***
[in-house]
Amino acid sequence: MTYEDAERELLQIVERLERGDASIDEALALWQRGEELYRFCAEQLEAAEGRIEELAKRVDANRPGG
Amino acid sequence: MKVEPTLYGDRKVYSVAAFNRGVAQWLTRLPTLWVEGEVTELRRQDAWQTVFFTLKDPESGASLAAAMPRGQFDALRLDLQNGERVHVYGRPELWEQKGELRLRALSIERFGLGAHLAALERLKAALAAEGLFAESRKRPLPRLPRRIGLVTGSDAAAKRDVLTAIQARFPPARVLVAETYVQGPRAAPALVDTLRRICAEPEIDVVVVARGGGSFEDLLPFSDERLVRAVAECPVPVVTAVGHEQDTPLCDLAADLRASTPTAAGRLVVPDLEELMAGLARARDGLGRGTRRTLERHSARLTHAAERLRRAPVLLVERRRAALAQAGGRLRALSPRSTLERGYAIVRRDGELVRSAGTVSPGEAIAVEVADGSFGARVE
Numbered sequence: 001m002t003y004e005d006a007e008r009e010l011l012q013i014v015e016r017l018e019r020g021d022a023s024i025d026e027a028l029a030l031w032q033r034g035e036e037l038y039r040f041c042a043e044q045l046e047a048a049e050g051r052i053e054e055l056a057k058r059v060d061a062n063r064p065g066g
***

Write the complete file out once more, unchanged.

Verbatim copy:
[in-house]
Amino acid sequence: MTYEDAERELLQIVERLERGDASIDEALALWQRGEELYRFCAEQLEAAEGRIEELAKRVDANRPGG
Amino acid sequence: MKVEPTLYGDRKVYSVAAFNRGVAQWLTRLPTLWVEGEVTELRRQDAWQTVFFTLKDPESGASLAAAMPRGQFDALRLDLQNGERVHVYGRPELWEQKGELRLRALSIERFGLGAHLAALERLKAALAAEGLFAESRKRPLPRLPRRIGLVTGSDAAAKRDVLTAIQARFPPARVLVAETYVQGPRAAPALVDTLRRICAEPEIDVVVVARGGGSFEDLLPFSDERLVRAVAECPVPVVTAVGHEQDTPLCDLAADLRASTPTAAGRLVVPDLEELMAGLARARDGLGRGTRRTLERHSARLTHAAERLRRAPVLLVERRRAALAQAGGRLRALSPRSTLERGYAIVRRDGELVRSAGTVSPGEAIAVEVADGSFGARVE
Numbered sequence: 001m002t003y004e005d006a007e008r009e010l011l012q013i014v015e016r017l018e019r020g021d022a023s024i025d026e027a028l029a030l031w032q033r034g035e036e037l038y039r040f041c042a043e044q045l046e047a048a049e050g051r052i053e054e055l056a057k058r059v060d061a062n063r064p065g066g